Current Affairs MIDDLE AGE MUSINGS  >  The Mother – Daughter Power Trip

The Mother – Daughter Power Trip

The Mother – Daughter Power Trip
Print pagePDF pageEmail page

Photo Courtesy of 20th Century Fox

BY LORRAINE DUFFY MERKL

We’ve never been kidnapped in a South American country, where together we had to fight our way out of the jungle, yet my 19-year-old daughter Meg and I have had as many bonding experiences on our excursions as mother and daughter, “Linda” (Goldie Hawn) and “Emily” (Amy Schumer), in the new movie, “Snatched.”

Meg and I are never so close than when we are far away. With no friends or relatives—my husband, Neil, and 22-year-old son, Luke, in particular—as distractions or buffers, the “we’re in this together” vibe kicks in as soon as we get into the Lyft to the airport.

“We need an amazing adventure,” Emily tells Linda as a way of persuading her mother to use the non-refundable ticket that was supposed to belong to Emily’s musician ex-boyfriend. I don’t know if anyone would classify Florida, San Diego, San Francisco, Boston, Washington, D.C., Seattle or Montauk as “adventure” destinations (especially in contrast to characters played by the Oscar-winner and the stand-up comedian, who went to Ecuador), but these are where our journeys have taken us.

Meg and I have ventured to most these places to meet up with Neil who is there on business; except for Montauk where we’ve vacationed long before he and I were even married. Sometimes we go out a day or two before Neil to indulge in activities or socializing that are of no interest to him. On our last jaunt to Seattle, we left Neil behind entirely.

Luke is out there for six months doing an engineering co-op. Neil flew out with him in January to get him set up, and will fly out again in June so the two of them can drive home cross country together. Meg and I arrived in the Emerald City at the mid-point of his internship.

Once we reach our destinations, we sightsee, usually taking at least one official tour so we get an overview of where we are, then hit specific places of interest on our own. Because shopping is our cardio, we head to the local artisan spots hoping to get something we can’t find back home.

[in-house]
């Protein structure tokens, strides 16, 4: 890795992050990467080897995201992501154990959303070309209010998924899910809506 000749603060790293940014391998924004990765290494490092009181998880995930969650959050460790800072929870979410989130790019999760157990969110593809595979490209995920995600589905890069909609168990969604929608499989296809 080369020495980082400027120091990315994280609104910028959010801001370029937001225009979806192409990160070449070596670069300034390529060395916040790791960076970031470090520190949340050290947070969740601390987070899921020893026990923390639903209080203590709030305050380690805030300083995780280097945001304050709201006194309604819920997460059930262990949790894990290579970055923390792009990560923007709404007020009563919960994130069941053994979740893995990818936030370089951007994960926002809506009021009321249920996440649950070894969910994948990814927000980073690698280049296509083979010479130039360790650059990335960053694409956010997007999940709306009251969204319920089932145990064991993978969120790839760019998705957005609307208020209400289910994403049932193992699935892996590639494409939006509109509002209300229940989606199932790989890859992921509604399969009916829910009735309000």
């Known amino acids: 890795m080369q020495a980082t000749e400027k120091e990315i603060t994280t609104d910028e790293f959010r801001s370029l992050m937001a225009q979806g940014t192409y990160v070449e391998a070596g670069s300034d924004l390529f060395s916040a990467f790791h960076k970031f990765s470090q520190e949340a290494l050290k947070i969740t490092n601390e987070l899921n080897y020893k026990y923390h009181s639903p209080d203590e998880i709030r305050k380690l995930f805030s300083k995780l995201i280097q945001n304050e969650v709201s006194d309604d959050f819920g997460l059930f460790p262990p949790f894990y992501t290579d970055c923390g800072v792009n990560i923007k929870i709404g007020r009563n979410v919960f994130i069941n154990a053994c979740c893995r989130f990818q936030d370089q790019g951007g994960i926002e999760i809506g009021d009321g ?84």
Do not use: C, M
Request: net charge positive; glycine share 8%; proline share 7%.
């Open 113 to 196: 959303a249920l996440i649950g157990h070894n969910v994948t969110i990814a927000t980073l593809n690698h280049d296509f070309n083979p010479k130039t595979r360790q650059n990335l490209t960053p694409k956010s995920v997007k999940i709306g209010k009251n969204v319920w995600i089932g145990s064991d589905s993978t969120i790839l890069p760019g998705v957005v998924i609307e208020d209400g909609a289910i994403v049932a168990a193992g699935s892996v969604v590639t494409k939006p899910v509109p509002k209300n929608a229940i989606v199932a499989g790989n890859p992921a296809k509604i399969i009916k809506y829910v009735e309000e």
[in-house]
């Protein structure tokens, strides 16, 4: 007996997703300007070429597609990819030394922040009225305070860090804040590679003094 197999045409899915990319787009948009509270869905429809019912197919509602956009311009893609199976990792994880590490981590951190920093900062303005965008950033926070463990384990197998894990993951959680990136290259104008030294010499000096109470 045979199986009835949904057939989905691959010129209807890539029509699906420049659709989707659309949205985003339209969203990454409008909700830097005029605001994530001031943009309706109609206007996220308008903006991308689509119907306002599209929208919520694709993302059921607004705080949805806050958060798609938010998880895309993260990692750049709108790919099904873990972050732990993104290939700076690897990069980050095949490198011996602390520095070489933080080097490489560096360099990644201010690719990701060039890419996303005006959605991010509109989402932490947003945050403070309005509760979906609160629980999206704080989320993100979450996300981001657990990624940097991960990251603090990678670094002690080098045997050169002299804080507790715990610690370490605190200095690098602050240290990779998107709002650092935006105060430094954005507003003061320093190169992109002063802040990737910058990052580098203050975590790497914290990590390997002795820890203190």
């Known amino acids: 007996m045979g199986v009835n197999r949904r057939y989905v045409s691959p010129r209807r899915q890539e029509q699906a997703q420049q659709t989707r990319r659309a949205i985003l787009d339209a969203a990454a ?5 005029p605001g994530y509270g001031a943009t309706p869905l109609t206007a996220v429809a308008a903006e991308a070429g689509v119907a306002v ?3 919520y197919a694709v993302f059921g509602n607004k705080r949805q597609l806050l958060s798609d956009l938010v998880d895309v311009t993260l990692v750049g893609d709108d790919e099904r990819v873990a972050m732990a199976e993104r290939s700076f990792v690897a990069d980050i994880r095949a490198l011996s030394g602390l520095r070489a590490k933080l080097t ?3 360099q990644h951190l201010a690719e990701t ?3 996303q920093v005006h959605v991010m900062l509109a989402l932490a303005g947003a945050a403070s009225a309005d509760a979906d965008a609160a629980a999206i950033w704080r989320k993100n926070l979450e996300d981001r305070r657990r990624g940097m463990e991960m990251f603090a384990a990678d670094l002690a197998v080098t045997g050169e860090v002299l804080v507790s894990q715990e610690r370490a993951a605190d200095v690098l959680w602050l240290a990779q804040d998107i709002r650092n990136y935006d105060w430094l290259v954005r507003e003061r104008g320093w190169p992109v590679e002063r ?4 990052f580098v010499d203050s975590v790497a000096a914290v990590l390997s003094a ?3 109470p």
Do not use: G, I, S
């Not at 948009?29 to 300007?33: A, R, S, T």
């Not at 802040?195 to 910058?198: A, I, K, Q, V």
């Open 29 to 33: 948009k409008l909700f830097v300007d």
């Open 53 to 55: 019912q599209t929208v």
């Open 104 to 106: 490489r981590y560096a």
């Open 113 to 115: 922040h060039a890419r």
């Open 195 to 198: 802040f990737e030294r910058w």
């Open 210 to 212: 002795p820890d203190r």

I wish I could say every vacay is smooth sailing, but as are the cinematic parent and child, Meg and I are polar opposites. Like Goldie’s Linda, I’m the cautious, practical planner; Meg, steps easily into Amy’s role of throwing caution to the wind. Because neither of us ever learned the meaning of compromise, it’s always a matter of one giving into the other.

I have few regrets about the times I let Meg have her way. The convertible we rented in Florida at her insistence was one of the highlights of our trip. The canopied beach bed she suggested when we stayed at the Hotel del Coronado could possibly be the best (and most relaxing) day by the sea I’ve ever had—and I’ve had many. And her perseverance (along with the help of Amex’s concierge service) always manages to procure impossible to get reservations at the happening restaurant wherever we’re hanging our hat at the moment.

It is on these trips that I’ve learned things about Meg that would ordinarily go overlooked at home. Unlike me, Meg actually has a sense of direction. I depend desperately on GPS, which never fails to advise, “Left turn coming up,” just as I am passing the street where I should be turning left. Once in Cocoa Beach, in the pitch black of night, Meg singlehandedly got us back to our hotel via a less-than-detailed map and light from a smartphone.

But there are also things that plague us whether we are home or away. “I told you not to wear flip flops,” Linda yells at Emily as they’re running for their lives. My version of that admonishment is, “I told you not to wear high heels,” which are Meg’s fave accessory. My follow up is to remind her to put her fold-up flats in her bag, a suggestion that either gets ignored or forgotten, so I end up slipping them inside of mine; where they never stay for long. Usually, in about twenty minutes, I whip them out as the moans and groans due to pinched toes intrude upon our conversation. “I should have listened to you,” admits Schumer to her onscreen mom. Meg has yet to declare this aloud, although she always expresses gratitude as well as relief at the sight of the flat shoes.

There is another trip coming up in June, sort of a post-college freshman year celebration that she made it through. Her travel companion to Newport Beach, California, however, will not me, but a girlfriend. This is the first time, except for school or parent chaperoned outings, that Meg will be going somewhere without me. In fact, I’ve reconciled that it will be the first of many to come.

I hope that she’s learned the ins and outs of traveling—especially the safety precautions—from the trips we’ve shared; and that our experiences have formed a bond that will keep us close when our future journeys take us in different directions.

 

Related Posts Plugin for WordPress, Blogger...
Lorraine Duffy Merkl
Lorraine Duffy Merkl is the author of the novels BACK TO WORK SHE GOES and FAT CHICK, for which a movie version is in the works.